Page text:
By On the occasion of our 20th anniversary
By Gustavo Arellano
By R. Scott Moxley
By Alfonso Delgado
By Courtney Hamilton
By Joel Beers
By Peter Maguire
By Charles Lam
Jeff Byrne, OCDA’s 36-year-old president and a Costa Mesa resident since birth, has been a cannabis grower since November 1996, when California’s Compassionate Use Act became law. “I foolishly thought as an impressionable college student that laws were made in the ballot box, only to find out 14 years later they are actually made in the courtroom,” he says. “So earlier this year, when Costa Mesa felt there were too many dispensaries and began to raid a couple of places, eight of us formed a group to get active with lawsuits and fund-raisers, to do anything we can to change the misconceptions about what we do.”
The coalition’s first official act was to sue Costa Mesa. To do so, it hired Santa Ana-based attorney Christopher Glew, who in April filed a lawsuit in Orange County Superior Court arguing the city’s 2005 ban on dispensaries illegally pre-empted state law. The lawsuit also demanded that the city cease all raids or other enforcement actions against the two dispensaries named in the lawsuit, including Herban Elements. “In a nutshell, we are saying state law prevents the city from legislating in the area of medical marijuana, and there is no room for the city to change or modify that without a voter initiative,” Glew says. A hearing on the lawsuit is scheduled for later this month.
In August, OCDA hired its own lobbying firm, Chico, California-based Capitol Solutions, whose director, Max Del Real, had already successfully lobbied Sacramento to reverse course on medical marijuana. “Four months ago, Sacramento was not a friend of medical cannabis,” Del Real says. “The city had 39 dispensaries in operation without a permit. They were looking at going to court to close them down. But through dialogue and workshops, Sacramento had a turnaround. These businesses bring in money; patients go to Sacramento, and while they are getting their medicine, they shop, they stay. The city saw a chance to bring in revenue through special-use permits, like those for liquor stores and cigarette stores.”
For the past two months, Del Real has been lobbying Costa Mesa officials to drop their war on medical marijuana and follow Sacramento’s lead. He says he’s met privately with Mansoor and Councilman Gary Monahan. Neither Mansoor nor Monahan would comment for this story because of the litigation with Herban Elements.
“My clients are prepared to pay for permits and pay taxes,” Del Real says. “We are employing citizens and creating jobs, and in this economy, it’s hard to turn away from that. Each city is writing its own future, and Costa Mesa has a chance to come out ahead. If Costa Mesa opens the door, other cities will follow.”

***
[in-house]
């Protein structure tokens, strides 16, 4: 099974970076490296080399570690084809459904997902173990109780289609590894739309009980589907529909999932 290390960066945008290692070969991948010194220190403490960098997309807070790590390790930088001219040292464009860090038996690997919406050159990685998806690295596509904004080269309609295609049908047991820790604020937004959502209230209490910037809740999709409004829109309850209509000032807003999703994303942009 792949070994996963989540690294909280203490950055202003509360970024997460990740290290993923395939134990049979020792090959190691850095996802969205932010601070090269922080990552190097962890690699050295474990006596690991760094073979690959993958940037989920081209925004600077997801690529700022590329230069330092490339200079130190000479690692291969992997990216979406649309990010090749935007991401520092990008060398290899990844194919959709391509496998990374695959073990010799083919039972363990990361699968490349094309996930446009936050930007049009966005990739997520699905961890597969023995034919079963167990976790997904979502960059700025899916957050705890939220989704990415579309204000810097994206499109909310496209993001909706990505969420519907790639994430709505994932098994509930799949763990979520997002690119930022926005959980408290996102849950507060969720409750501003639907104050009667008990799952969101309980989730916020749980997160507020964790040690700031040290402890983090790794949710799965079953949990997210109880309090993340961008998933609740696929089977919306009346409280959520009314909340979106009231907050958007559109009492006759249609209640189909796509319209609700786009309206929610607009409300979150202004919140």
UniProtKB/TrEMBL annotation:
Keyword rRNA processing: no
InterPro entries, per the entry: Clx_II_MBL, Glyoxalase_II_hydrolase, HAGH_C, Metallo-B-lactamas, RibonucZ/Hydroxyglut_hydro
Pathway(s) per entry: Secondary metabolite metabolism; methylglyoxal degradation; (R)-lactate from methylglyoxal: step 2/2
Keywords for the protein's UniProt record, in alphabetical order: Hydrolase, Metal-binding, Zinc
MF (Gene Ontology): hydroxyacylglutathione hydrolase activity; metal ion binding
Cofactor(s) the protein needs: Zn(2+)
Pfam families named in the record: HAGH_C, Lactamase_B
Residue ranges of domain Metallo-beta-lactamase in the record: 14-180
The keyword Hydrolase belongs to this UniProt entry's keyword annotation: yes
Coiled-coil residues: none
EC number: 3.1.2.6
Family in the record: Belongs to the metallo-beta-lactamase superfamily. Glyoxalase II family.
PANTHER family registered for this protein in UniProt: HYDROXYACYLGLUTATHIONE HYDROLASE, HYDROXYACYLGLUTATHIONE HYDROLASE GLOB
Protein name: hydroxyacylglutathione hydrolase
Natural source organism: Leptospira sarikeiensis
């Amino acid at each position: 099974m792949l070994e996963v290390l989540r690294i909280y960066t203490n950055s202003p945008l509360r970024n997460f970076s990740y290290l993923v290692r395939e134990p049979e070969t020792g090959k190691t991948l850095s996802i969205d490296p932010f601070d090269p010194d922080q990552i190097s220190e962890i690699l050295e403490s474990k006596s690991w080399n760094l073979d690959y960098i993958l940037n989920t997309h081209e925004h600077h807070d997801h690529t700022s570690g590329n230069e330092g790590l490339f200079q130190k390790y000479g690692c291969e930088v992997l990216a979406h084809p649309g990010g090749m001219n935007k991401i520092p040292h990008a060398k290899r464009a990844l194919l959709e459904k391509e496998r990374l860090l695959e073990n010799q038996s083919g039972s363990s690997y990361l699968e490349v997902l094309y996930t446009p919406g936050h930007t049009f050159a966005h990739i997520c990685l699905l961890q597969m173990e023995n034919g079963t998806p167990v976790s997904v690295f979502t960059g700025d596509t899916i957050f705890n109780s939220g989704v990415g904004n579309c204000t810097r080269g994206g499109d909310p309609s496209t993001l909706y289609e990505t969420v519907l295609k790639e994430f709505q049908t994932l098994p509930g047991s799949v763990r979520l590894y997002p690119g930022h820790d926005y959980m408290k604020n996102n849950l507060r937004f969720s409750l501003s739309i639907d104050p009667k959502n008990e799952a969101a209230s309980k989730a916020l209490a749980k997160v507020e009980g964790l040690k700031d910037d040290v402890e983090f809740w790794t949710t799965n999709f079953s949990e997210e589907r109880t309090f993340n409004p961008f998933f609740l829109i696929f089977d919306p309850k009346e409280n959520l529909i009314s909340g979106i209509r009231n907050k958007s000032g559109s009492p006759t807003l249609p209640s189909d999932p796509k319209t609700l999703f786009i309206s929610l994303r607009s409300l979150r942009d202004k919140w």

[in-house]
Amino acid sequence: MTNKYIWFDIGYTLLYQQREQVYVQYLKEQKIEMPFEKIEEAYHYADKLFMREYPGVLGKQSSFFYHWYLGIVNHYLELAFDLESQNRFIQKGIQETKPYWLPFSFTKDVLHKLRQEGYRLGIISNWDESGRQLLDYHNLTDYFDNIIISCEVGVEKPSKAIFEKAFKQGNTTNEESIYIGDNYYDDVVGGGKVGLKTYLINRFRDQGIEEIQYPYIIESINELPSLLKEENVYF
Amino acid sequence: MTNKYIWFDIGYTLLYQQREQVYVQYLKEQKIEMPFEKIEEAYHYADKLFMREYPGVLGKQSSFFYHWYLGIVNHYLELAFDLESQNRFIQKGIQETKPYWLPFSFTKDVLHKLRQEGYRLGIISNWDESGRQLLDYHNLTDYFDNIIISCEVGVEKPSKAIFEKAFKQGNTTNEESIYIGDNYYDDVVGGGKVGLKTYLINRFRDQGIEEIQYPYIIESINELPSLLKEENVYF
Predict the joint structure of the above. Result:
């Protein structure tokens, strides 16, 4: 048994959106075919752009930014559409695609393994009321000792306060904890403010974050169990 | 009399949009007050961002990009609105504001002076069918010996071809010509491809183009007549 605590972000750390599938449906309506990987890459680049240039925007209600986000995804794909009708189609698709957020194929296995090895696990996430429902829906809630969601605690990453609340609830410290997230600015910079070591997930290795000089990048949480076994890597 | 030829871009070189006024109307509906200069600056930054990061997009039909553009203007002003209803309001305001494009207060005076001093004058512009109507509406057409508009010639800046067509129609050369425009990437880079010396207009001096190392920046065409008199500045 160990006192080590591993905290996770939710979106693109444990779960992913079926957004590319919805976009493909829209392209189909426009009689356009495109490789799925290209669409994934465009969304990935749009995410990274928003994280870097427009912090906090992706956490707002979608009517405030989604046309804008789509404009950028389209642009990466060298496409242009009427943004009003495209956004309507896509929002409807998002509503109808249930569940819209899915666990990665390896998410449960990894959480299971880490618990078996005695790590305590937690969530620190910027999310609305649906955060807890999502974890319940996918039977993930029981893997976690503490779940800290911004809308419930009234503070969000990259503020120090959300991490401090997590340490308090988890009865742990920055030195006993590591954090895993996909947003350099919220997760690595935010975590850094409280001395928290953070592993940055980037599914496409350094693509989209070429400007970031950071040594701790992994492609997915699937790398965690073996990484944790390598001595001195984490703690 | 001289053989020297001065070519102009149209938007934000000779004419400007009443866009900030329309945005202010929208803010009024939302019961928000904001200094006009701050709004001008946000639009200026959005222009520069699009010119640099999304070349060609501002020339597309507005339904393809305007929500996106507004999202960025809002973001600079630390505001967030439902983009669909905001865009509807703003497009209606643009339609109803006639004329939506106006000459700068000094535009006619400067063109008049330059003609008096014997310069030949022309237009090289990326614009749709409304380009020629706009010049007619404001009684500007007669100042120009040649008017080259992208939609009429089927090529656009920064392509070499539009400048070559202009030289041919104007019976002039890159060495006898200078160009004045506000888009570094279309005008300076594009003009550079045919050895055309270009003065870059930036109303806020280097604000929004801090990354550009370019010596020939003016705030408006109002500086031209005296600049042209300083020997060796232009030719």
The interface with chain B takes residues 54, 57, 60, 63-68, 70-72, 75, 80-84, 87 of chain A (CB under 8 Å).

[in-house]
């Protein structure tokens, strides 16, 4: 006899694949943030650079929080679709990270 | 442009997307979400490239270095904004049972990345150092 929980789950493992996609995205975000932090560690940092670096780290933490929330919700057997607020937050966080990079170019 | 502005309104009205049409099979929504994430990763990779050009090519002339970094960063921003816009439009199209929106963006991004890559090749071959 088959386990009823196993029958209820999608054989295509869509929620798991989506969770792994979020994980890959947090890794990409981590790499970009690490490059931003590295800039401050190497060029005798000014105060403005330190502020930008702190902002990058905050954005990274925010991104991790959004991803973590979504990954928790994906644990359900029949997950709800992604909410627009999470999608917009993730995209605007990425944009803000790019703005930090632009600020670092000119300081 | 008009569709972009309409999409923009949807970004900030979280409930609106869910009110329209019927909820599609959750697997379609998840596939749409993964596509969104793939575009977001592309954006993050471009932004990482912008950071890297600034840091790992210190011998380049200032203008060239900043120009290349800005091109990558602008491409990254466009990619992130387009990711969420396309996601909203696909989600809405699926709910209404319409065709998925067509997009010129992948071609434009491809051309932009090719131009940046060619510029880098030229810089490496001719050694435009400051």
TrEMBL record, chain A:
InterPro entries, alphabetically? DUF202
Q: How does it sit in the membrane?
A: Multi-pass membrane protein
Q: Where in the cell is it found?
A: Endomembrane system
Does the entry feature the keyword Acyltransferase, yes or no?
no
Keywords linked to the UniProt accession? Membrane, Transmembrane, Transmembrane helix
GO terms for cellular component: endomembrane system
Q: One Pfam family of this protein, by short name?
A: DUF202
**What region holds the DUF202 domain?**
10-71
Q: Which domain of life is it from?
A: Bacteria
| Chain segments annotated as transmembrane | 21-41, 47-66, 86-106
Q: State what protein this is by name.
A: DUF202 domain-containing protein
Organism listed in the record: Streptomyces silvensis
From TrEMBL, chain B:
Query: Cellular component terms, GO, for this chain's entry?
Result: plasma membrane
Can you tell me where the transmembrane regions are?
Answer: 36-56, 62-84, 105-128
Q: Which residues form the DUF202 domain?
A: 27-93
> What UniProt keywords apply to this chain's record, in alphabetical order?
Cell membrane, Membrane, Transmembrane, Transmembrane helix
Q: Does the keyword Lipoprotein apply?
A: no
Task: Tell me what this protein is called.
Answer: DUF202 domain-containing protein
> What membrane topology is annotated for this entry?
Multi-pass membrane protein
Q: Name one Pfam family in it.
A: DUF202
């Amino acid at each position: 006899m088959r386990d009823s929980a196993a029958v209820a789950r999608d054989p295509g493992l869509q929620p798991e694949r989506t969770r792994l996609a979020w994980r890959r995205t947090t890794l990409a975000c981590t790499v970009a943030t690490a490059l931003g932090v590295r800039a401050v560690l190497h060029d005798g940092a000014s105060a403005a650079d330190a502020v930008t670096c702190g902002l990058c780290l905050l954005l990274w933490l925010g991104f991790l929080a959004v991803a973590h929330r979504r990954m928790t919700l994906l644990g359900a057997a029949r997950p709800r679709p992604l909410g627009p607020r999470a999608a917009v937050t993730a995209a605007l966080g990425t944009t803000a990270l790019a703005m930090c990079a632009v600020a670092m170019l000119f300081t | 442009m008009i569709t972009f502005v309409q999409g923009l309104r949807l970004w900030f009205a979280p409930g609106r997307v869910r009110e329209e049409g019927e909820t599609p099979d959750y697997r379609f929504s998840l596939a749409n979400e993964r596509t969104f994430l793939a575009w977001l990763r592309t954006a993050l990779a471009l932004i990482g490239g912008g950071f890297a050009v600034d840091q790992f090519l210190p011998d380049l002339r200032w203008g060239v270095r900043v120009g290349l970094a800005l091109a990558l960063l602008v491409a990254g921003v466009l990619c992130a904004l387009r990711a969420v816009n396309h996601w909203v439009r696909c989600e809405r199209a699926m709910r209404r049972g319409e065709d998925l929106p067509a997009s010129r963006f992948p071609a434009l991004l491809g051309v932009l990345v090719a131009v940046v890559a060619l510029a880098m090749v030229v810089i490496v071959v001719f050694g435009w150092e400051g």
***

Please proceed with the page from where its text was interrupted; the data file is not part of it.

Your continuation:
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Perhaps the true test of whether Costa Mesa is ready to reverse its crackdown on medical marijuana will be Lester’s campaign for City Council. Ironically, despite the historic nature of her campaign, voters who don’t know Lester’s status as a cannabis-club owner won’t find out when they visit the voting booth. On Aug. 16, City Clerk Julie Folcik sent Lester a letter explaining that the city would not allow her ballot designation to list her occupation as “nonprofit director” because Herban Elements is “operating a medical-marijuana dispensary with the City of Costa Mesa in violation of federal and local law.”
Although she’s yet to campaign in full force, Lester already has a website (www.suelester2010.com) and a Facebook page and has begun scheduling fund-raising events, including an Oct. 2 concert at the Galaxy Concert Theatre. She’ll be walking precincts, hosting neighborhood fund-raisers and taking part in candidate forums throughout the month. Lester is running against four other candidates: Jim Righeimer, a longtime Republican Party operative; Mayor Pro Tem Wendy Leece; Chad Petschl, a salesman; and Chris McEvoy, an educator. Because there are two open seats on the council (Mansoor is termed out and is running for the state assembly), the two candidates who receive the most votes will win.
Lester recently sought the endorsement of the Costa Mesa Police Officers Association. “I was very honest with them about my views and what drives my candidacy,” she says. Although the association has yet to endorse any candidates and didn’t return a telephone call seeking comment, Lester says her meeting with the police went better than she expected.
“After the meeting, several officers came up and told me they are residents of the city, and when I get my campaign up and running and get my signs, they would be proud to put one on their lawn. It was a huge compliment to me,” she says. “I’ve never had a problem with the police. They’re just answering to people who want things done their way. It’s all good. I’m not going to be intimidated by them. I’m not backing down.”